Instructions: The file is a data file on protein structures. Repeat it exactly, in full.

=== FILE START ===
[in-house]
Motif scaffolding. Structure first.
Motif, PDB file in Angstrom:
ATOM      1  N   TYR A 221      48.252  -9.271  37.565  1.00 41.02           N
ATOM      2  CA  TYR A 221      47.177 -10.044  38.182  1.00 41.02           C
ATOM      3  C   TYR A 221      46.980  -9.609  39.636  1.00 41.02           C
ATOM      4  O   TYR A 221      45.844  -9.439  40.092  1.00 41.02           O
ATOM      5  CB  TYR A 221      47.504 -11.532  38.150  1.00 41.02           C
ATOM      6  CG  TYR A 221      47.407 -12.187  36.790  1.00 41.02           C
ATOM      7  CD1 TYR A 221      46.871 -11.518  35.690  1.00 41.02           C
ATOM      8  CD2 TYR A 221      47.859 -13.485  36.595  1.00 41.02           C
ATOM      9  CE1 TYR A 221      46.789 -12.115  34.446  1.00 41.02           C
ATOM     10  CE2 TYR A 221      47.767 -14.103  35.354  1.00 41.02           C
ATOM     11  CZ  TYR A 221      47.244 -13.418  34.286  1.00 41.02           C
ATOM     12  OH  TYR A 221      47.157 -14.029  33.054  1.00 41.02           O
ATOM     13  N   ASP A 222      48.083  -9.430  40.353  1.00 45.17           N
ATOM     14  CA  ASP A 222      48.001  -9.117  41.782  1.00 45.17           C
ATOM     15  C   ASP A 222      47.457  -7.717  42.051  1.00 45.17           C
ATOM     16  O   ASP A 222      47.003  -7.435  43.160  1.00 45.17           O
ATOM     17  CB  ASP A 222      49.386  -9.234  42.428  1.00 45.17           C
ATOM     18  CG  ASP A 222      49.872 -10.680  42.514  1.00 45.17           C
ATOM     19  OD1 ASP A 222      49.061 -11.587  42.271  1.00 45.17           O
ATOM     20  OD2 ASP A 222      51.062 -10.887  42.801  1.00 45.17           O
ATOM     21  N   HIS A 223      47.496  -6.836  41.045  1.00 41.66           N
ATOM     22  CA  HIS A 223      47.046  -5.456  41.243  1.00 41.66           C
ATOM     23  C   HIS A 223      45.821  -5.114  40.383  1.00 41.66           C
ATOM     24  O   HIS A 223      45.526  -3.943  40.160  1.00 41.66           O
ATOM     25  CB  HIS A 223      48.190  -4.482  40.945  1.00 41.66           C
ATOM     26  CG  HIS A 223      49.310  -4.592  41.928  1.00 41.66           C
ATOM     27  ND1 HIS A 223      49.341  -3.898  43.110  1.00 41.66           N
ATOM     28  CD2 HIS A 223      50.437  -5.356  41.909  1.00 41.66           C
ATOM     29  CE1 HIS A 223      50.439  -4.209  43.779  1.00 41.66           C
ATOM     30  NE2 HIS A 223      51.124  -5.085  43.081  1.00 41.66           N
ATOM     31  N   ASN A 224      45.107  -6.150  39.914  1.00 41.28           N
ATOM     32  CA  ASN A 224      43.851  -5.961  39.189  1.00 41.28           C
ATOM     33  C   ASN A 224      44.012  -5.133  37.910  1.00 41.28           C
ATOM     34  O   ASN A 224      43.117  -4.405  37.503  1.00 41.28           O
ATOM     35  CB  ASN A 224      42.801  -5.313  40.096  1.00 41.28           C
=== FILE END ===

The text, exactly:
[in-house]
Motif scaffolding. Structure first.
Motif, PDB file in Angstrom:
ATOM      1  N   TYR A 221      48.252  -9.271  37.565  1.00 41.02           N
ATOM      2  CA  TYR A 221      47.177 -10.044  38.182  1.00 41.02           C
ATOM      3  C   TYR A 221      46.980  -9.609  39.636  1.00 41.02           C
ATOM      4  O   TYR A 221      45.844  -9.439  40.092  1.00 41.02           O
ATOM      5  CB  TYR A 221      47.504 -11.532  38.150  1.00 41.02           C
ATOM      6  CG  TYR A 221      47.407 -12.187  36.790  1.00 41.02           C
ATOM      7  CD1 TYR A 221      46.871 -11.518  35.690  1.00 41.02           C
ATOM      8  CD2 TYR A 221      47.859 -13.485  36.595  1.00 41.02           C
ATOM      9  CE1 TYR A 221      46.789 -12.115  34.446  1.00 41.02           C
ATOM     10  CE2 TYR A 221      47.767 -14.103  35.354  1.00 41.02           C
ATOM     11  CZ  TYR A 221      47.244 -13.418  34.286  1.00 41.02           C
ATOM     12  OH  TYR A 221      47.157 -14.029  33.054  1.00 41.02           O
ATOM     13  N   ASP A 222      48.083  -9.430  40.353  1.00 45.17           N
ATOM     14  CA  ASP A 222      48.001  -9.117  41.782  1.00 45.17           C
ATOM     15  C   ASP A 222      47.457  -7.717  42.051  1.00 45.17           C
ATOM     16  O   ASP A 222      47.003  -7.435  43.160  1.00 45.17           O
ATOM     17  CB  ASP A 222      49.386  -9.234  42.428  1.00 45.17           C
ATOM     18  CG  ASP A 222      49.872 -10.680  42.514  1.00 45.17           C
ATOM     19  OD1 ASP A 222      49.061 -11.587  42.271  1.00 45.17           O
ATOM     20  OD2 ASP A 222      51.062 -10.887  42.801  1.00 45.17           O
ATOM     21  N   HIS A 223      47.496  -6.836  41.045  1.00 41.66           N
ATOM     22  CA  HIS A 223      47.046  -5.456  41.243  1.00 41.66           C
ATOM     23  C   HIS A 223      45.821  -5.114  40.383  1.00 41.66           C
ATOM     24  O   HIS A 223      45.526  -3.943  40.160  1.00 41.66           O
ATOM     25  CB  HIS A 223      48.190  -4.482  40.945  1.00 41.66           C
ATOM     26  CG  HIS A 223      49.310  -4.592  41.928  1.00 41.66           C
ATOM     27  ND1 HIS A 223      49.341  -3.898  43.110  1.00 41.66           N
ATOM     28  CD2 HIS A 223      50.437  -5.356  41.909  1.00 41.66           C
ATOM     29  CE1 HIS A 223      50.439  -4.209  43.779  1.00 41.66           C
ATOM     30  NE2 HIS A 223      51.124  -5.085  43.081  1.00 41.66           N
ATOM     31  N   ASN A 224      45.107  -6.150  39.914  1.00 41.28           N
ATOM     32  CA  ASN A 224      43.851  -5.961  39.189  1.00 41.28           C
ATOM     33  C   ASN A 224      44.012  -5.133  37.910  1.00 41.28           C
ATOM     34  O   ASN A 224      43.117  -4.405  37.503  1.00 41.28           O
ATOM     35  CB  ASN A 224      42.801  -5.313  40.096  1.00 41.28           C